4) Make sober friends. Asking a friend who drinks to not drink with you for an event can be difficult for you both. This is where 12 Step groups can come in handy. Meeting fellow sober people was a game-changer for me. I was able to build a network of people who both didn't drink and also empathized a lot with why I wasn't drinking. (What up, fellow addicts!)
If possible, invite sober friends (who are comfortable with socializing) to boozy events. If your friends all drink, you can still ask someone if they'd step outside with you for a bit or they wouldn't mind leaving at a specific time, so you don't stay late into the event when people are likely to be drunk.
5) YES, EXIT. As my boy J.P. Sartre said, "Hell is other people." Understand that if you feel overwhelmingly bad being the odd one at out drinking events, get the hell out of there! If you're attending a mandatory work event where you're expected to drink, talk to your boss ahead of time.
If you don't feel comfortable disclosing such a thing to your boss, find co-workers or even event guests who you can confide in if you're feeling overwhelmed. Even having someone to call can be a big help. (Yes, the oft-parodied resource of having a sponsor to call is definitely a plus of being in a 12 Step program.)
This can be tough if you're in the hospitality business, a performer of some kind or a guest at an unditchable event, such as the dreaded wedding. Honestly, almost any event is leave-able. If you're risking a panic attack or emotional outburst by staying, get out of there. If all else fails, use the trick socially anxious people have been enjoying for years: hide in the bathroom for a bit.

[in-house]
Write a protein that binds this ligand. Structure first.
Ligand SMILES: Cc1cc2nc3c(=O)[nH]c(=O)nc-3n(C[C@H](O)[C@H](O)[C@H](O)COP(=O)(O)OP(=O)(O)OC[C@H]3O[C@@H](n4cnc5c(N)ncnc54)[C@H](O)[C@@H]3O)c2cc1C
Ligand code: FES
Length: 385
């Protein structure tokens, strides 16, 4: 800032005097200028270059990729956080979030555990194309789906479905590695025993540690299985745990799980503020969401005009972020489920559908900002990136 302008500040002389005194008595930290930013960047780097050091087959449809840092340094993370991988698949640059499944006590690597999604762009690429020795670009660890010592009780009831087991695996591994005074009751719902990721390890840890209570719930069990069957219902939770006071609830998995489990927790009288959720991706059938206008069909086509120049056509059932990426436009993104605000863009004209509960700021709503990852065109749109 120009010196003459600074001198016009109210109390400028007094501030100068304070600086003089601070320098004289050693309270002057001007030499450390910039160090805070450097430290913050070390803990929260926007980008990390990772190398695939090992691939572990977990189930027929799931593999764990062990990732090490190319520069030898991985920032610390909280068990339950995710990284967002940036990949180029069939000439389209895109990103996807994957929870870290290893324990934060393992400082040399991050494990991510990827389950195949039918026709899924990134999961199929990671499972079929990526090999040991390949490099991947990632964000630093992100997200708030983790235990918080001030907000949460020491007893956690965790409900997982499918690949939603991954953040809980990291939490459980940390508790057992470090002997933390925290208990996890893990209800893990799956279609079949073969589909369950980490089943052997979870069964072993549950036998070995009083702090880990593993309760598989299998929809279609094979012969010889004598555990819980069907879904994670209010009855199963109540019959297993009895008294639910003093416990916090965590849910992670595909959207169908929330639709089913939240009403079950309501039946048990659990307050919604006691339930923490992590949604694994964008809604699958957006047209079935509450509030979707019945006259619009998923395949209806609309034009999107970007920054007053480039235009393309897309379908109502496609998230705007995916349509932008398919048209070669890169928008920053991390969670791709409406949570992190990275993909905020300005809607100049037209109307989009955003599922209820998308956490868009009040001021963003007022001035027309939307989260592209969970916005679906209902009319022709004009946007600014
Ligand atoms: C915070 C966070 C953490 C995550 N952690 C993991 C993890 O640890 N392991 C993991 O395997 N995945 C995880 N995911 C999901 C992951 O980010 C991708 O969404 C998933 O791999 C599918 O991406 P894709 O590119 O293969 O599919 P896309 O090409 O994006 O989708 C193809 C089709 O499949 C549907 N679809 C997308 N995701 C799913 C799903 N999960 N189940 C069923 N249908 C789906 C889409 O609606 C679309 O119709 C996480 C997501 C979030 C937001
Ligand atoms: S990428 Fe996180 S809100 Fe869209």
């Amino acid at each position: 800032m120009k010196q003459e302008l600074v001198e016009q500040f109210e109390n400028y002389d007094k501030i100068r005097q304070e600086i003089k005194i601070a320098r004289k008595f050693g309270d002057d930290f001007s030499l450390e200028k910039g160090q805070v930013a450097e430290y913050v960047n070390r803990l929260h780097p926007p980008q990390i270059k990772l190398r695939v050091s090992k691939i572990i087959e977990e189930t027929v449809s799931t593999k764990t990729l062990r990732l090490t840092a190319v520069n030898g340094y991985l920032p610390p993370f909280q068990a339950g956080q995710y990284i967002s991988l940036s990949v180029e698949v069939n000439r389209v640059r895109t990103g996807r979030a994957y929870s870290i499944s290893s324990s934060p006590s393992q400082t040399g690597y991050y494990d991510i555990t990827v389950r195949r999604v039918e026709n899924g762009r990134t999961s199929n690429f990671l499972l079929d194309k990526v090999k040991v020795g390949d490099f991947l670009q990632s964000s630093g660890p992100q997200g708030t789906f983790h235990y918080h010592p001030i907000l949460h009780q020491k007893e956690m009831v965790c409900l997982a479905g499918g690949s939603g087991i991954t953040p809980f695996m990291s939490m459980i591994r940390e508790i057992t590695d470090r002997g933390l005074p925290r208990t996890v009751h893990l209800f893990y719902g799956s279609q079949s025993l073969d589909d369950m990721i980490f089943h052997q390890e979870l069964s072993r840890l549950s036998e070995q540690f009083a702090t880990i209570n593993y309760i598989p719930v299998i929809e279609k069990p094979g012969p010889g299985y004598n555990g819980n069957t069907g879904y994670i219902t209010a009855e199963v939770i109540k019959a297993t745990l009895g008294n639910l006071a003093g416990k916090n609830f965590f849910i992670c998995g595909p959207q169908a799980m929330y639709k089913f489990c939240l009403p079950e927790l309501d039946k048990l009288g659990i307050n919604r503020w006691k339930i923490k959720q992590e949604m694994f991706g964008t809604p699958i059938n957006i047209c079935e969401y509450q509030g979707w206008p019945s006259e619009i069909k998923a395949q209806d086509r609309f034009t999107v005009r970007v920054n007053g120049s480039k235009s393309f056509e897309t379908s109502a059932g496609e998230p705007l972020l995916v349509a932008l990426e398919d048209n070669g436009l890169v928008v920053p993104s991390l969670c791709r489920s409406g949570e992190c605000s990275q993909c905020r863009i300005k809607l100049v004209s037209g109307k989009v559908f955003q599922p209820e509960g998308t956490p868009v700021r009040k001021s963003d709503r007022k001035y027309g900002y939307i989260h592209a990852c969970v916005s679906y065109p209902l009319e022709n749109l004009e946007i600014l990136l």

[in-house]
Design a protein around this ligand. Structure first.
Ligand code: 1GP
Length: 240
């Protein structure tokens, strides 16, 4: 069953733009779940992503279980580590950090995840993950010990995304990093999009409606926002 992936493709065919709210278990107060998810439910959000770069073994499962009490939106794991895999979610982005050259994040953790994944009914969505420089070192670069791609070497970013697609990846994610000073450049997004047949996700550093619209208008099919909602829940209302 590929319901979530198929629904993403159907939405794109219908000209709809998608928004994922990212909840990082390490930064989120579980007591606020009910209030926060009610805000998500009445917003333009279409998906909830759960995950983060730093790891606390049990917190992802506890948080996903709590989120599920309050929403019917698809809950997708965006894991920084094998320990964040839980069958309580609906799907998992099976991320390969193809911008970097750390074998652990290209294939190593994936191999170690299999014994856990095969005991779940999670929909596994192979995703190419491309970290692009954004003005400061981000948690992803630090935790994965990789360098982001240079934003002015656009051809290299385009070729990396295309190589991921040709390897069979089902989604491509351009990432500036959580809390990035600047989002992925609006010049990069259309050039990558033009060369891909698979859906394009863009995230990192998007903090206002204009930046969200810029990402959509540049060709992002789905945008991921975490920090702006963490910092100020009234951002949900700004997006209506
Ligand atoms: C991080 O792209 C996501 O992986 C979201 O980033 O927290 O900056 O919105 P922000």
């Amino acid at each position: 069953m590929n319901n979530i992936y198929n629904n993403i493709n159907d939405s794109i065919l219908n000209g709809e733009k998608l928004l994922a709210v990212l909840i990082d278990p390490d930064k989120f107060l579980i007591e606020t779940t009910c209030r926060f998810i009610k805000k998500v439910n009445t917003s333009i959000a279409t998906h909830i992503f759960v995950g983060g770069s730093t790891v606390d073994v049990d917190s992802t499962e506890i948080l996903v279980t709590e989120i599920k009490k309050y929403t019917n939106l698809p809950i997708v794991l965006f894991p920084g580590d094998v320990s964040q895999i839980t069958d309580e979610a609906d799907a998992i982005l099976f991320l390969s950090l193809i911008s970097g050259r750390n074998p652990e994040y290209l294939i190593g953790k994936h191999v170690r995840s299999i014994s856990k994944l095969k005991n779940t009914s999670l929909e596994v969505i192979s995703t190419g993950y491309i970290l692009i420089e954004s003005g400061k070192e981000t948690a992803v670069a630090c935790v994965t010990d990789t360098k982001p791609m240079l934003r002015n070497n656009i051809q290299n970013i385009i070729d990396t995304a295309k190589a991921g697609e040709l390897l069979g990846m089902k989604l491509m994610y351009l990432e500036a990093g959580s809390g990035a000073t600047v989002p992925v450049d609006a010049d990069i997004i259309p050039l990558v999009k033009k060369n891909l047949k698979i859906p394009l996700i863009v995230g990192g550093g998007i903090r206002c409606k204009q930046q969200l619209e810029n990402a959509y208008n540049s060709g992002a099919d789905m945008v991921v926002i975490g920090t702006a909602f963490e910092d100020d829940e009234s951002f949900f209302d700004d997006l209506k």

Very early in sobriety, I felt like Benjamin in The Graduate, who opted to sink the bottom of the pool in his scuba gear to avoid his own birthday party. I felt beyond fish out of water - I thought I was the only one who didn't drink at any given event and that I would never, ever have fun again.
In reality, I was a self-pitying recovering addict who turned down opportunities to hang out with friends, sober and non, because I felt like sober living was meant to be solitary and pious.
As it turns out, lots of people aren't social drinkers, whether they're on medication that discourages alcohol use, want to be as sharp as possible at a work event, or are simply someone who never started drinking.
In my experience, I found out that I already knew a lot of people in recovery. Acquaintances reached out to me once I opened up about my substance abuse problems. Many times now, I've gone to events and can spot the sober people, which makes me feel better about being there.
Even if you're in a place right now where you're feeling raw, ashamed and alone, if you begin to open up to people, you WILL find community. I know it's hard to believe, but eventually, you may even be the one reaching out to help someone who is newly sober.